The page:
Oil prices gained yesterday after OPEC decided to cut output by a greater-than-expected 1.2 million barrels a day to reverse a three-month price slide. Some mem-bers indicated the cartel was open to further reductions.
Light, sweet crude for delivery next month rose US$0.40 to US$58.90 a barrel in Asian electronic trading on the New York Mercantile Exchange.
The futures contract, which was to expire yesterday, rose US$0.85 to settle at US$58.50 a barrel on Thursday.
The contract for December, which moves to the front month from Monday, was up US$0.31 at US$60.81 a barrel after touching a high of US$61.34.
December Brent crude on London's ICE Futures exchange rose US$0.33 to US$61.20 a barrel.
The cut, which is slightly above the market's predictions, will take effect on Nov. 1, just as global oil demand will begin to rise on the back of the Northern Hemisphere winter.
"This was a surprise, and gave the market an impression they are serious," said Ken Hasegawa, a broker at Himawari CX in Tokyo.
The move yesterday by OPEC countries follows a more than 25 percent decline in oil prices since a mid-July peak of above US$78 a barrel and would be the first cut since December 2004, when oil traded slightly above US$40 a barrel.
United Arab Emirates Oil Minister Mohammed bin Dhaen al-Hamili made the announcement at a news conference after OPEC's oil ministers held an emergency meeting in Doha.
Al-Hamili did not specify the amount of production that each member country would cut, but said the reductions will affect all countries except Iraq.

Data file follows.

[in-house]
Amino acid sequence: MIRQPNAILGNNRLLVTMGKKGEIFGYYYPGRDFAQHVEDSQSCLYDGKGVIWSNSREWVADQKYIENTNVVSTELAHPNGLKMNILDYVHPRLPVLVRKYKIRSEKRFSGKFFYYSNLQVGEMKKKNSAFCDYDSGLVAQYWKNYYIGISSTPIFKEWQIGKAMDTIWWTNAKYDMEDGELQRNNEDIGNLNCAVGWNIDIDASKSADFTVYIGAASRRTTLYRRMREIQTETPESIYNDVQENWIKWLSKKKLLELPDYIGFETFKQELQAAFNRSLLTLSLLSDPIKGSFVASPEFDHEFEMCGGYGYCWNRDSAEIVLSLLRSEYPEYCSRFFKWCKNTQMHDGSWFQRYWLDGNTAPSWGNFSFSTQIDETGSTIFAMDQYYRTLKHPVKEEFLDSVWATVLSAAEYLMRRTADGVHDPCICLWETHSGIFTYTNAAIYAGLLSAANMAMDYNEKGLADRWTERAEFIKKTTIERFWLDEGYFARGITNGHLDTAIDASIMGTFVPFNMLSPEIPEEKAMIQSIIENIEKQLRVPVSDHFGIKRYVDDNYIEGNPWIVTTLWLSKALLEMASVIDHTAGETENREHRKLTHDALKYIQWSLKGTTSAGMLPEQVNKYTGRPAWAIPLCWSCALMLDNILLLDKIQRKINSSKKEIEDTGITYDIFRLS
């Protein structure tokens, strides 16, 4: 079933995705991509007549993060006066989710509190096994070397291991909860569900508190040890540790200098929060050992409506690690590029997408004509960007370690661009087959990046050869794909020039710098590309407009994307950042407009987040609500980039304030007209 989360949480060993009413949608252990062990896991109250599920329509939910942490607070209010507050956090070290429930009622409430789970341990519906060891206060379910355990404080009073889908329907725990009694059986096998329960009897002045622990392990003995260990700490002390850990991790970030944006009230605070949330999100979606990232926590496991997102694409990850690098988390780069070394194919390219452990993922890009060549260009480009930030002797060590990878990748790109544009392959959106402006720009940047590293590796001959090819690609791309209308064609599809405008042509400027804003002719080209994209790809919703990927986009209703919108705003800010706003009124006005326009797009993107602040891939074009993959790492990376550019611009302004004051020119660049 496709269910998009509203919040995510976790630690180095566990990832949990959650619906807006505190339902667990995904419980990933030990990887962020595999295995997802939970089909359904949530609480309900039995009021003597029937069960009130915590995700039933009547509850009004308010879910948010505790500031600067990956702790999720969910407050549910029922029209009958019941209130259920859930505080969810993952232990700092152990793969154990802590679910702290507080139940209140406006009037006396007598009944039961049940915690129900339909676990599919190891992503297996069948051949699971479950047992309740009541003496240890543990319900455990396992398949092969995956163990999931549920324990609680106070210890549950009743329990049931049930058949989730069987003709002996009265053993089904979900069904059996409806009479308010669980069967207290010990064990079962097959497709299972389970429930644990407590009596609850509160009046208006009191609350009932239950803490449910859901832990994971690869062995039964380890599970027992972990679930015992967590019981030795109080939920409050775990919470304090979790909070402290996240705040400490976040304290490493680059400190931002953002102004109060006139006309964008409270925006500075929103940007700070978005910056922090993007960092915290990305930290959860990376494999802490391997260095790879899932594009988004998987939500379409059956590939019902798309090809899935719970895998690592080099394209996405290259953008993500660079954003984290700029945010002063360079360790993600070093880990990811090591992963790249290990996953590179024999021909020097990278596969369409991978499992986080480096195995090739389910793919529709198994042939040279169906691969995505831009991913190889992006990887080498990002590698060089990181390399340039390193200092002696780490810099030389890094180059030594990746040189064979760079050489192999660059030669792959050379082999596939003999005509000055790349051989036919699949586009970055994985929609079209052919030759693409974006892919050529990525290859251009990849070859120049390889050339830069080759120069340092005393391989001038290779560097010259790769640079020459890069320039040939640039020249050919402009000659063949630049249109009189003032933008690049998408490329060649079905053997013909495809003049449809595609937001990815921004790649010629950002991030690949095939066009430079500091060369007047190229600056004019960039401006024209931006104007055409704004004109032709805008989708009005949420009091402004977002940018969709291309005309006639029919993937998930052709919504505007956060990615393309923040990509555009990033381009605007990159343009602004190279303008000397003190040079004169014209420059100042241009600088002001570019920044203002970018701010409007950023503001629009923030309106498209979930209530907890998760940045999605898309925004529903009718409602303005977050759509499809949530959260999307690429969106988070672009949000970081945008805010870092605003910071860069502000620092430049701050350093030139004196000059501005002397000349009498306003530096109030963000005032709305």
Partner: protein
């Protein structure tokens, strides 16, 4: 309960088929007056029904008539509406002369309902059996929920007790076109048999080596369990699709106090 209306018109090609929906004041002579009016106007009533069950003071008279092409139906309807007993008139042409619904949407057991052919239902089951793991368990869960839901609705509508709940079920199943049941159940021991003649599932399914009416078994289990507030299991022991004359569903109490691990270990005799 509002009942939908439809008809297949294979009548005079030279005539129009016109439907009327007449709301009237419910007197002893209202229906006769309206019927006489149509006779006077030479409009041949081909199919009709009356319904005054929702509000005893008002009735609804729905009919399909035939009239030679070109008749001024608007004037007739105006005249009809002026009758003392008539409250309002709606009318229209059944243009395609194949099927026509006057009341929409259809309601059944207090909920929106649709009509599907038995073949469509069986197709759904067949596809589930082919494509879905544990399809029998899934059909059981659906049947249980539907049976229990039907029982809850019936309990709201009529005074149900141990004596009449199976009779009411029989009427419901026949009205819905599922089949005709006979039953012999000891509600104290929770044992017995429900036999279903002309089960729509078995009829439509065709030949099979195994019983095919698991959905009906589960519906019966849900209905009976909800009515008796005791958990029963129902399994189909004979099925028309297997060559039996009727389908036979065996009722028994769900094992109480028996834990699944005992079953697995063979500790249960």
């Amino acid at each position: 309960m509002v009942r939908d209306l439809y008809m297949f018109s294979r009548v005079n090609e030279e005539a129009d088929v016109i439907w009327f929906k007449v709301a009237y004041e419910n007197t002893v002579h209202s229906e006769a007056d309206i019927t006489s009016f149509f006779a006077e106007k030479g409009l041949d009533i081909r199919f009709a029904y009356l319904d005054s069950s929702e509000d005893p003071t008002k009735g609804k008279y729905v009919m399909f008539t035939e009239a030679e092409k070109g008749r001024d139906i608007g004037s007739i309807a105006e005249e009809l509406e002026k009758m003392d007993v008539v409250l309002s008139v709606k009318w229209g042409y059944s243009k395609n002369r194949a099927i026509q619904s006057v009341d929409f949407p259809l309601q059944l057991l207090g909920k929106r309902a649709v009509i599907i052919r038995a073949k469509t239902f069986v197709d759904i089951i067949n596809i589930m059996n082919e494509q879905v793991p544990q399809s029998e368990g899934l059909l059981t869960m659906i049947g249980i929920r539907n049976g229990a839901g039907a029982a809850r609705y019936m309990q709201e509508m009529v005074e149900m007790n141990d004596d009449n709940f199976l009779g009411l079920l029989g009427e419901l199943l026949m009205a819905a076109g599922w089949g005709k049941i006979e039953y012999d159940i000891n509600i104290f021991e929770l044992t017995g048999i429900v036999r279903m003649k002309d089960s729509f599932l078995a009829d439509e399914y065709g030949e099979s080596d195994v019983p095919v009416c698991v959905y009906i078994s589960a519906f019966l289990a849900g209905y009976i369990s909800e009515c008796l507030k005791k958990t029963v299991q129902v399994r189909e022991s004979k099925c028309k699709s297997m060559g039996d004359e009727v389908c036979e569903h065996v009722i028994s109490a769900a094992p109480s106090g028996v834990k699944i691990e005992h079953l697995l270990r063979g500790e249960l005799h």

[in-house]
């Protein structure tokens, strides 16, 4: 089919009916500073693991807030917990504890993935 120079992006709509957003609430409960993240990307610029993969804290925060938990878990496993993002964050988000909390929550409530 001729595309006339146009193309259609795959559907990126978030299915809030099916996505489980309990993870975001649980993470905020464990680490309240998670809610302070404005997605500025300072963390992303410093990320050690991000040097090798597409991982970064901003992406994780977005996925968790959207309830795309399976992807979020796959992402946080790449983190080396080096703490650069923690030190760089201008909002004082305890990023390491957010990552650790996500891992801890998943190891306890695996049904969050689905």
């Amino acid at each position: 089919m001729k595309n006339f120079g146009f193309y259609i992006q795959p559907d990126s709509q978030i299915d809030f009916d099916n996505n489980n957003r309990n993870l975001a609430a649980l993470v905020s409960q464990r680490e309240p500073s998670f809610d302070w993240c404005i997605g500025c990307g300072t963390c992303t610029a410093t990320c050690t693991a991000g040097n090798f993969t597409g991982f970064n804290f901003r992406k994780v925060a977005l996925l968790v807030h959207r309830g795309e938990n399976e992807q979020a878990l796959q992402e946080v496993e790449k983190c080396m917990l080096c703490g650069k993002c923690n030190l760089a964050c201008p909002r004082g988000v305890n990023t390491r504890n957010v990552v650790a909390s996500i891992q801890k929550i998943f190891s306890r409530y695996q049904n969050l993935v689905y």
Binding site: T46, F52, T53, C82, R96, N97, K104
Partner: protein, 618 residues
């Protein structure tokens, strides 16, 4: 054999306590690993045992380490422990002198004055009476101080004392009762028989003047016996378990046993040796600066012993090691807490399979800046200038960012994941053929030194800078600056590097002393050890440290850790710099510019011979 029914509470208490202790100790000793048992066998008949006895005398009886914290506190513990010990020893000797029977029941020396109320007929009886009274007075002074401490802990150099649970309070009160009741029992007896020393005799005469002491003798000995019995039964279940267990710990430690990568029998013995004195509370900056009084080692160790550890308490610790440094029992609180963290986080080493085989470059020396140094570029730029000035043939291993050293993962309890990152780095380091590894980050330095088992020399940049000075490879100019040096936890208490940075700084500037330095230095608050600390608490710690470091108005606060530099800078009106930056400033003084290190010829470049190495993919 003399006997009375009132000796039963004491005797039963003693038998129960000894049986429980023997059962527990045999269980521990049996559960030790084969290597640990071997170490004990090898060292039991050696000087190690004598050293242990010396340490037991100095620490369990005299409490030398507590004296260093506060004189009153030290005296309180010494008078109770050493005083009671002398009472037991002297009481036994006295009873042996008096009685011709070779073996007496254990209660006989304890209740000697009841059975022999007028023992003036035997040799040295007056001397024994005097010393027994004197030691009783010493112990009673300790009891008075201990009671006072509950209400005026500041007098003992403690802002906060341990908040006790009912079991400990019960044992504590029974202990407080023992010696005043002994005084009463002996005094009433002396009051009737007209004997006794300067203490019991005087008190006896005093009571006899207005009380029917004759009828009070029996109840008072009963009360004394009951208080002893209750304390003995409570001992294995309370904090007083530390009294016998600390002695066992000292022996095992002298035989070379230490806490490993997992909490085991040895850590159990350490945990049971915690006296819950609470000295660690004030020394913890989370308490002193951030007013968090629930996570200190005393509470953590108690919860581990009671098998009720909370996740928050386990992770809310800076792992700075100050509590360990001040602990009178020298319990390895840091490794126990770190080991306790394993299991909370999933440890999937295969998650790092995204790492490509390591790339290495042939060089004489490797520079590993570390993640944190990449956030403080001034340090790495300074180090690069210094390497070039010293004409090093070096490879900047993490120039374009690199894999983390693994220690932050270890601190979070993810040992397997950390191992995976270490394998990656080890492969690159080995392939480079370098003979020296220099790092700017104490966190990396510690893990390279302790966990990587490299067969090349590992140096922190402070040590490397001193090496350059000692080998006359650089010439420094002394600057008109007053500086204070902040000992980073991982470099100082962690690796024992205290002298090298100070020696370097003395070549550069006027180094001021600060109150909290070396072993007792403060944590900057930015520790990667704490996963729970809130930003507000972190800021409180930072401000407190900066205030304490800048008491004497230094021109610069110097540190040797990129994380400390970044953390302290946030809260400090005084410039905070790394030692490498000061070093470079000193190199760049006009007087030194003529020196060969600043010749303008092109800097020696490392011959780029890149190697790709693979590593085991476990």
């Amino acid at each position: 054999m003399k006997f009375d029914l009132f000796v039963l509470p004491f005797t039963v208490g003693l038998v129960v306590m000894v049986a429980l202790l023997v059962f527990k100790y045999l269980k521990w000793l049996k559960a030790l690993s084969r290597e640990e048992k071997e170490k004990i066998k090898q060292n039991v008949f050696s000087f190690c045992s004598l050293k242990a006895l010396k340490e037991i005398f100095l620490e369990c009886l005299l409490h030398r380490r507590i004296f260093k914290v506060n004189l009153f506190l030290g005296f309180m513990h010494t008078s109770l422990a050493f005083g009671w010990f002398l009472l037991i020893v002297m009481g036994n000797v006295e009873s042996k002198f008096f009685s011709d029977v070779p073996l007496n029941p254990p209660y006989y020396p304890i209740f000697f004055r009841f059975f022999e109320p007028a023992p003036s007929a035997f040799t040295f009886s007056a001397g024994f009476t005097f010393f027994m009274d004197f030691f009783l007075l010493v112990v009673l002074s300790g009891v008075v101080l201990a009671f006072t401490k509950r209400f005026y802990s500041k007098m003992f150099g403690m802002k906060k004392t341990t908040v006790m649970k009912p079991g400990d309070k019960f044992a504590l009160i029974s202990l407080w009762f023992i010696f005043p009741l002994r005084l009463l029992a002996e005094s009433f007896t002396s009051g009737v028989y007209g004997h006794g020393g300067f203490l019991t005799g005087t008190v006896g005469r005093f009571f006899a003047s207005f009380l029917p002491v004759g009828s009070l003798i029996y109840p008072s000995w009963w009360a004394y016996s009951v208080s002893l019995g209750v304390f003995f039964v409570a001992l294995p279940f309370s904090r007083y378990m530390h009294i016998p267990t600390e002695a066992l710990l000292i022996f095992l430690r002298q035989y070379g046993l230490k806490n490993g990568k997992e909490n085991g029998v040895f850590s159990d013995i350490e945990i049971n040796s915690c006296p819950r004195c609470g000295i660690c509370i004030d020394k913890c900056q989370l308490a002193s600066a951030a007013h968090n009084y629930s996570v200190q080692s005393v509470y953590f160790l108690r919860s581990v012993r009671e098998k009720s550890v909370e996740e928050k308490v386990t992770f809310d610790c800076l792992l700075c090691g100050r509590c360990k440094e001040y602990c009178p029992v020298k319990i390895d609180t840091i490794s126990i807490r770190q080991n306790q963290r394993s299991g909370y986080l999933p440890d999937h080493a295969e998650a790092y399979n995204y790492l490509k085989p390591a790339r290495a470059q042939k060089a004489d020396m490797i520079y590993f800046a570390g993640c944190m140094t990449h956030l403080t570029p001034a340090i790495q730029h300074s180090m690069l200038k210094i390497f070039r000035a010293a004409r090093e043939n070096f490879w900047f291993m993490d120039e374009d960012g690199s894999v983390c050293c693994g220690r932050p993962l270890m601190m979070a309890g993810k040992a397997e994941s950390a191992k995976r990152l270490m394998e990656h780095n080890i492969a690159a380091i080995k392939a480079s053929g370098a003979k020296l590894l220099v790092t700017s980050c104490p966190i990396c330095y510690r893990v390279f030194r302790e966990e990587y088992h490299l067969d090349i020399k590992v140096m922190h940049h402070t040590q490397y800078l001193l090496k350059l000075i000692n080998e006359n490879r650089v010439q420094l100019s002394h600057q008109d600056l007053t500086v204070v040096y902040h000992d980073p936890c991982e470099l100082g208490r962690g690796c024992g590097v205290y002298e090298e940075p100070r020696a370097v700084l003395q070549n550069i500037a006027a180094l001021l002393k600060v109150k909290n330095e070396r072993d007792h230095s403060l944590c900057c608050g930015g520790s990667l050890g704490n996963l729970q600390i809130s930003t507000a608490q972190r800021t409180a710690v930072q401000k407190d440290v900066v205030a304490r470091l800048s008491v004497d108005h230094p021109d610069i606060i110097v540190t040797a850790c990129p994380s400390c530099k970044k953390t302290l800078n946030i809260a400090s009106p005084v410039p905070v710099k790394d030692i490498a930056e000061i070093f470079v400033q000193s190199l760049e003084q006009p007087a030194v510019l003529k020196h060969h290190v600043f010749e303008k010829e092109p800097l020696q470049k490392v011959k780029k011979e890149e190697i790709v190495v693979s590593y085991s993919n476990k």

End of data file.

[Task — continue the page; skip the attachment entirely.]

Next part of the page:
The cuts will come from actual production levels, he said, and are more than the 1 million barrels a day being called for earlier by cartel members.
OPEC is currently producing about 29.5 million barrels of oil per day.
Some analysts said the cut would have limited impact on global energy supplies, which have been rising.
"Crude oil inventories in the OECD [Organization for Economic Cooperation and Development] countries are at their highest levels for the last five years. If OPEC continues to cut production for three months, for example, there won't be much impact," said Tetsu Emori, chief commodities strategist at Mitsui Bussan Futures in Tokyo.
Oil prices have slumped since July due to rising inventories, a weaker-than-anticipated hurricane season and expectations for slower global growth.
In other Nymex prices, heating oil rose US$0.35 to US$1.7236 a gallon (3.8 liters), while gasoline gained US$0.126 to US$1.502 a gallon. Natural gas fell US$0.029 to US$7.103 per 1,000 cubic feet (28.3m3).